Anthony Rizzo missed Summer Camp on Thursday as he remains day-to-day with lower back tightness. However, the Cubs first baseman still found a way to take in the action.
Rizzo posted up in the left field bleachers during Thursday's game, which pitted Yu Darvish vs. Kyle Hendricks. He later moved to sit by the on-deck circle.
Big Cubs fan. pic.twitter.com/q0zdnPL3DZ— Chicago Cubs (@Cubs) July 10, 2020
With no fans in attendance this season, MLB players will likely be stationed throughout ballpark seating throughout games to social distance. The Cubs obviously want to see Rizzo stationed at first base come the regular season, but it would be quite the sight if he or any Cubs get to sit out in the bleachers this year.
Cubs shortstop Javy Báez doesn’t know any more than anyone else where baseball’s economics and player salary markets are headed in the next year or two as a result of the COVID-19 pandemic.
But the two-time All-Star expressed no regret about not accepting a club offer during negotiations on a long-term extension over the winter and said he felt no “rush” to resume talks in the uncertain climate.
Báez, the 2018 MVP runner-up who is eligible for free agency after next season, had expressed optimism that talks were “progressing” in March before the pandemic shut down sports — and all extension talks.
“It’s been really difficult with all this happening right now,” said Báez, whose family all stayed healthy through baseball’s shutdown and who looks in good shape after working out during that time with brother-in-law Jose Berrios, the Twins pitcher.
“We have really good communication and relationship between me and the owners and obviously my agent,” Báez added. “I think when this [is in the] past, I think we’re going to talk and stay in touch and see what happens from here on, and with the season.”
Teammate Kris Bryant, long considered a sure thing to test the open market after the 2021 season, said Monday the pandemic and first-time fatherhood has made him rethink things that are important to him — including, potentially, the Cubs and what it might take to stay with them.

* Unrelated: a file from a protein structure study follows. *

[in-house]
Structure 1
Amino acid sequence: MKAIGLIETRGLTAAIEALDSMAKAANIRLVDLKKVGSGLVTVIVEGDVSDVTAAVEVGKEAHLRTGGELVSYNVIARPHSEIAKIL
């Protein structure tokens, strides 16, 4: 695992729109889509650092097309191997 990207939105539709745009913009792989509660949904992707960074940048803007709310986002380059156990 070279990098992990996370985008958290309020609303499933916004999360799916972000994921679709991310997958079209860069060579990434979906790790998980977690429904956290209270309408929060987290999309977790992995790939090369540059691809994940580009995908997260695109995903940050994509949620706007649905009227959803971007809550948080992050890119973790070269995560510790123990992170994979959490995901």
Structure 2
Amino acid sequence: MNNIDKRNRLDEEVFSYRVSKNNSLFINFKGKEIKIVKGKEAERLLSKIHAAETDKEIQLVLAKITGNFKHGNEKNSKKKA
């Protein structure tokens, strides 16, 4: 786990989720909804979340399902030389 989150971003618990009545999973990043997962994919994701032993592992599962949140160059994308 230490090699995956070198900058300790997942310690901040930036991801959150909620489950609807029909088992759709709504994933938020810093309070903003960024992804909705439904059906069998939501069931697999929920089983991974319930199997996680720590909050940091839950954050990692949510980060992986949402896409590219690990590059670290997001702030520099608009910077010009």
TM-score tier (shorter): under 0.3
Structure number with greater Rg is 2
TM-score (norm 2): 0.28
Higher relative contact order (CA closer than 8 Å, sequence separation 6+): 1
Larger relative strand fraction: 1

But predicting where payroll budgets, industry revenues and consequently player markets will be even two or three years from now is all but impossible during a pandemic with no end in sight.
All of which could render many players and teams’ best intentions moot for now.
“This is without question the most difficult time we’ve ever had as far as projecting those things,” Cubs general manager Jed Hoyer said this week.
Báez, who has a 2020 salary of $10 million (prorated for the shortened season), was the primary focus of the front office much of the winter as it tried to lock him up as a part of the next contending core it envisioned.
He said he has bigger things to worry about now as the team tries to stay disciplined and committed to pulling off a 60-game season.
“Obviously, everybody wants to get paid, but we’ve got to wait for the right time,” he said, “and both sides are going to see and know what’s right for each other. I’m not in a rush. I’m worried right now about getting back on the field and playing regular games and trying to win in this season that is going to be so weird.
“Obviously with this happening right now it’s going to change everything. It already changed 2020; it’s going to change the next two years I think.”
Báez said the decision to play was not really difficult and he didn’t consider opting out.
“I feel like everybody’s dealing with the same thing,” said Báez, who among other things keeps his free agency timeline intact by playing and being credited with a full season of service time for 2020. “Some of them have got contracts; some of them don’t.
“I’ve got one year [more] I’m going to be in arbitration. We’ll see. They know me. I’m pretty sure every team knows me and knows what I can do. I’m not in a rush. We’ll just see what happens this season and how it goes for me and with this 60 games and be ready for next season.